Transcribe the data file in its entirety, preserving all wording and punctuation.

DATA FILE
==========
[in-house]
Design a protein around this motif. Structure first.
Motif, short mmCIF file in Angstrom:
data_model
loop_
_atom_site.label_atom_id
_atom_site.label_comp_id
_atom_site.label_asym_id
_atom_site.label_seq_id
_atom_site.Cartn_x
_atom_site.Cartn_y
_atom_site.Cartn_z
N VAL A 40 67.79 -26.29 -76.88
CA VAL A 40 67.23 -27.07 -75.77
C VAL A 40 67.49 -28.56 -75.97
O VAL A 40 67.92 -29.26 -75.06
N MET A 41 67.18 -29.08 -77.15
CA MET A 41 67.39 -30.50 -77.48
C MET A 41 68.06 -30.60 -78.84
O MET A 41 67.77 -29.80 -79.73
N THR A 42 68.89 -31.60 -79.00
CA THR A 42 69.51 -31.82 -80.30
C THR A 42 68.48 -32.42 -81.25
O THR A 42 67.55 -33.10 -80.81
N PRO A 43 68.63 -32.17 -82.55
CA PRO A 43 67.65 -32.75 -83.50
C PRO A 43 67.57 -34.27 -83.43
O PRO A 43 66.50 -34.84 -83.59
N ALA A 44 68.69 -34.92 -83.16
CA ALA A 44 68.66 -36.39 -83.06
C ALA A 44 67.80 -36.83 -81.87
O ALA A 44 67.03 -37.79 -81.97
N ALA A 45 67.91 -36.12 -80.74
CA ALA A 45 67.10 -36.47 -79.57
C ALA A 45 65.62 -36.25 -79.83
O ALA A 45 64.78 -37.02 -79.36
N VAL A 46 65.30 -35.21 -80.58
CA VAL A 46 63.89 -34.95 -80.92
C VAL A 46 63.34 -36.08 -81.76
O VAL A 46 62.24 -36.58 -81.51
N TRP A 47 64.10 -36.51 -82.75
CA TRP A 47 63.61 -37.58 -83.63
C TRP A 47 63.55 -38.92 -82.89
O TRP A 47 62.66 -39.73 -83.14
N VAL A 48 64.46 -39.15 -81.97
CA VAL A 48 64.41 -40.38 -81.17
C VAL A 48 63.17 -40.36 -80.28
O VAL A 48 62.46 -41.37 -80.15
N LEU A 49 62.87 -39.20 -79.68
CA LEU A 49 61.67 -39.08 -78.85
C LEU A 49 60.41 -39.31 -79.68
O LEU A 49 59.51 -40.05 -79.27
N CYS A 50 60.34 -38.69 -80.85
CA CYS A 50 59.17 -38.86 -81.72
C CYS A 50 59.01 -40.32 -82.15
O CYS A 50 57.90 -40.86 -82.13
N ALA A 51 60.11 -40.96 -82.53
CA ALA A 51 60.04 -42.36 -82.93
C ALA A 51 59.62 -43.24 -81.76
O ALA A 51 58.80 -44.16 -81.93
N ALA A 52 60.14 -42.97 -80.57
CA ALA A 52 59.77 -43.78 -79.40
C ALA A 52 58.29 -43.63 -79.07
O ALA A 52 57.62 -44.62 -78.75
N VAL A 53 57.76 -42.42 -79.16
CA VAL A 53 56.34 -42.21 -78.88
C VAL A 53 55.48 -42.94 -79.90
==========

[in-house]
Design a protein around this motif. Structure first.
Motif, short mmCIF file in Angstrom:
data_model
loop_
_atom_site.label_atom_id
_atom_site.label_comp_id
_atom_site.label_asym_id
_atom_site.label_seq_id
_atom_site.Cartn_x
_atom_site.Cartn_y
_atom_site.Cartn_z
N VAL A 40 67.79 -26.29 -76.88
CA VAL A 40 67.23 -27.07 -75.77
C VAL A 40 67.49 -28.56 -75.97
O VAL A 40 67.92 -29.26 -75.06
N MET A 41 67.18 -29.08 -77.15
CA MET A 41 67.39 -30.50 -77.48
C MET A 41 68.06 -30.60 -78.84
O MET A 41 67.77 -29.80 -79.73
N THR A 42 68.89 -31.60 -79.00
CA THR A 42 69.51 -31.82 -80.30
C THR A 42 68.48 -32.42 -81.25
O THR A 42 67.55 -33.10 -80.81
N PRO A 43 68.63 -32.17 -82.55
CA PRO A 43 67.65 -32.75 -83.50
C PRO A 43 67.57 -34.27 -83.43
O PRO A 43 66.50 -34.84 -83.59
N ALA A 44 68.69 -34.92 -83.16
CA ALA A 44 68.66 -36.39 -83.06
C ALA A 44 67.80 -36.83 -81.87
O ALA A 44 67.03 -37.79 -81.97
N ALA A 45 67.91 -36.12 -80.74
CA ALA A 45 67.10 -36.47 -79.57
C ALA A 45 65.62 -36.25 -79.83
O ALA A 45 64.78 -37.02 -79.36
N VAL A 46 65.30 -35.21 -80.58
CA VAL A 46 63.89 -34.95 -80.92
C VAL A 46 63.34 -36.08 -81.76
O VAL A 46 62.24 -36.58 -81.51
N TRP A 47 64.10 -36.51 -82.75
CA TRP A 47 63.61 -37.58 -83.63
C TRP A 47 63.55 -38.92 -82.89
O TRP A 47 62.66 -39.73 -83.14
N VAL A 48 64.46 -39.15 -81.97
CA VAL A 48 64.41 -40.38 -81.17
C VAL A 48 63.17 -40.36 -80.28
O VAL A 48 62.46 -41.37 -80.15
N LEU A 49 62.87 -39.20 -79.68
CA LEU A 49 61.67 -39.08 -78.85
C LEU A 49 60.41 -39.31 -79.68
O LEU A 49 59.51 -40.05 -79.27
N CYS A 50 60.34 -38.69 -80.85
CA CYS A 50 59.17 -38.86 -81.72
C CYS A 50 59.01 -40.32 -82.15
O CYS A 50 57.90 -40.86 -82.13
N ALA A 51 60.11 -40.96 -82.53
CA ALA A 51 60.04 -42.36 -82.93
C ALA A 51 59.62 -43.24 -81.76
O ALA A 51 58.80 -44.16 -81.93
N ALA A 52 60.14 -42.97 -80.57
CA ALA A 52 59.77 -43.78 -79.40
C ALA A 52 58.29 -43.63 -79.07
O ALA A 52 57.62 -44.62 -78.75
N VAL A 53 57.76 -42.42 -79.16
CA VAL A 53 56.34 -42.21 -78.88
C VAL A 53 55.48 -42.94 -79.90